what God is like
So what does that leave? Aquinas thinks the mystery behind existence
is like what we think of as form. And that means the following.
(At least I think it does; all you Thomists out there feel free
to chime in.)
Let's think about form in terms of music. You know the experience:
after listening to music you love for a long time, you get to
the point where you can recognize not only a particular song but
the mark of the artist. You can hear just a couple of seconds
of a song and know, "that's Dave Matthews" or "that's
the Stones" or "that's Mozart." It's hard to put
into words: imagine trying to describe to someone the gist of
Dave or Mozart. Yet when you know something well, its essential
form is clearly recognizable and quite real. Let's think of other
examples. What is it that makes the Italians Italian? Or what
gives golden retrievers their essential golden retrieverness?
What is the heart of friendship or bravery or loyalty or humor?
Whatever it is, it is what we derive, distill and abstract from
all instances of whatever it is we're thinking about: all the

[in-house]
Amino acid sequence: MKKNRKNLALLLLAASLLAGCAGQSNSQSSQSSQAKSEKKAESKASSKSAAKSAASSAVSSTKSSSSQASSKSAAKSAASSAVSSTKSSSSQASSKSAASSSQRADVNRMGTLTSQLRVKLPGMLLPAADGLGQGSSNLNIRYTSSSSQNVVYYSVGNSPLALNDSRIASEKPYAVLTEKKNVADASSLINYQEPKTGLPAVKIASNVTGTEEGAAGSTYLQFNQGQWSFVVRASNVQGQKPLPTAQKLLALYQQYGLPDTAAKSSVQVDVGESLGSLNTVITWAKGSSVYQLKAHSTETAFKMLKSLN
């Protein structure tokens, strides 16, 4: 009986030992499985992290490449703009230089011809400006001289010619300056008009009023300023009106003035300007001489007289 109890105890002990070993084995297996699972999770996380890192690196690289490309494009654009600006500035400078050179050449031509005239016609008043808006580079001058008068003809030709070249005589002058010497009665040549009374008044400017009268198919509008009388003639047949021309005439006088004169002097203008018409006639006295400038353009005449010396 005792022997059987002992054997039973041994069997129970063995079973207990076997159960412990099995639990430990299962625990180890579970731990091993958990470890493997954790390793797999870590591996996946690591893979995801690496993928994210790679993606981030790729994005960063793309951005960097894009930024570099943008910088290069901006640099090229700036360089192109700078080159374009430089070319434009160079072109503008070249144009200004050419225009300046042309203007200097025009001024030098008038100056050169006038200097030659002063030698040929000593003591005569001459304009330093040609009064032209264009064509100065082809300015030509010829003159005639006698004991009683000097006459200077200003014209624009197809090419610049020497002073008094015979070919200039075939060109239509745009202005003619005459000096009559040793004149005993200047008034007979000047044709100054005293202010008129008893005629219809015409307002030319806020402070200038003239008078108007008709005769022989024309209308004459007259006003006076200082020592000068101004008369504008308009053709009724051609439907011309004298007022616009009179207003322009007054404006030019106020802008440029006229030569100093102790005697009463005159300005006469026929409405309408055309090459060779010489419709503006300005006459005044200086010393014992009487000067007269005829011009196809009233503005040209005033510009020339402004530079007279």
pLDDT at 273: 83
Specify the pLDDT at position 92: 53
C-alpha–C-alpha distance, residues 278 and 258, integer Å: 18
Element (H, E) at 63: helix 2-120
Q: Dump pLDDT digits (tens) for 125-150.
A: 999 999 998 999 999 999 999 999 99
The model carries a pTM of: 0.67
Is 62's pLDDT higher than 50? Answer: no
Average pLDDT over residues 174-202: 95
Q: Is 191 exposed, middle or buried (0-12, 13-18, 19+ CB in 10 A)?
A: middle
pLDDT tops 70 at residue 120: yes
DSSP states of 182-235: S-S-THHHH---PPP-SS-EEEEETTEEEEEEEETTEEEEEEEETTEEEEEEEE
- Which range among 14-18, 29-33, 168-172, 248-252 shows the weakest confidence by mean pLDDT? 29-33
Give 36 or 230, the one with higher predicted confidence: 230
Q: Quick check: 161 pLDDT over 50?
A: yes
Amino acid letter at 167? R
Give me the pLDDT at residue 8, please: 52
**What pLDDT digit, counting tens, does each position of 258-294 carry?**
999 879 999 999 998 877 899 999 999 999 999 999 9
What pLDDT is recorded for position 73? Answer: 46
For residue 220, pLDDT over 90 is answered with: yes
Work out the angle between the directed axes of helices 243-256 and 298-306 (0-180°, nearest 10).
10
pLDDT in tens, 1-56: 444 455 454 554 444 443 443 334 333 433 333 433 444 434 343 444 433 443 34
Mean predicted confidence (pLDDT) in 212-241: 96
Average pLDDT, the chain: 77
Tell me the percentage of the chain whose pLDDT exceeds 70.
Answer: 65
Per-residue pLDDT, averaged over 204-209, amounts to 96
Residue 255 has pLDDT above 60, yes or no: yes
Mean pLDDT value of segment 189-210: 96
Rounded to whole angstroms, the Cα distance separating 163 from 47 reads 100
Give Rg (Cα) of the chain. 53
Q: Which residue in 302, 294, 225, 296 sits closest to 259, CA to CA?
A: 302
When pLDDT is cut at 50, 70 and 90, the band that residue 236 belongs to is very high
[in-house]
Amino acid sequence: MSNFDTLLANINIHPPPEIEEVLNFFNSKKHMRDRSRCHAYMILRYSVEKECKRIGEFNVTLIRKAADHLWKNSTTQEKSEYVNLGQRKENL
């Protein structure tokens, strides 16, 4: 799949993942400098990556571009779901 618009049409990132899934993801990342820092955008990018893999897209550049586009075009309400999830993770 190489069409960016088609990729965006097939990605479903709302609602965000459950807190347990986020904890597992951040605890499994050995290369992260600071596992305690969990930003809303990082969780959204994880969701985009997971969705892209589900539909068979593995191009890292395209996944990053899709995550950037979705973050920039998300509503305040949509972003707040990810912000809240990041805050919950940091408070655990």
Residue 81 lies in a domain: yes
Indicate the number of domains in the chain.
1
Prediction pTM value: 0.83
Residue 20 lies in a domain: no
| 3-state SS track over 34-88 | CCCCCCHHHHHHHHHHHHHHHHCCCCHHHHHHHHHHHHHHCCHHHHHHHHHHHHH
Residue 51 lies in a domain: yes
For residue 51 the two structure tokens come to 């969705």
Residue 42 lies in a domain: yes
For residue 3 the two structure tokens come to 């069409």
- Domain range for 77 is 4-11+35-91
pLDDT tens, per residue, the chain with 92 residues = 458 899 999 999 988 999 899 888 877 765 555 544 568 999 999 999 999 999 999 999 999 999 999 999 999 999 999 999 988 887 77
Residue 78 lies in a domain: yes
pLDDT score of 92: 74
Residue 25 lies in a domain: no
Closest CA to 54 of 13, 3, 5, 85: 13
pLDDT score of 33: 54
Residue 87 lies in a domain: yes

Dave songs, all the Mozart, all the Italians we've ever met. It's
the essential something we recognize when we recognize a category.
It's not an instance or a person or an individual, but it is the
very nature of the thing, the form itself.
This is why Aquinas goes on about God not being a person; he
wants to get to this idea that God is not an individual or an
instance, but the form itself. We are instances of the life form
"human," but we are not "humanity." With God,
it's the exact opposite: Aquinas thinks that God is not a divine
person, but divinity itself, whatever that might be. So while
he doesn't forget the idea that we can't really know God, Aquinas
does think we can deduce some things, one of which that God is
like what we know to be essential form.
And then there's this, which I think he also says. When we understand
the essence of a form, it's only after months or years of listening
to every Dave or Mozart work ever recorded; the form only comes
to us after repeated exposure to its individual instances. But
God doesn't have to do this. He already is form, and maybe all
possible forms, some instances of which have already been reflected
by existing in the uinverse.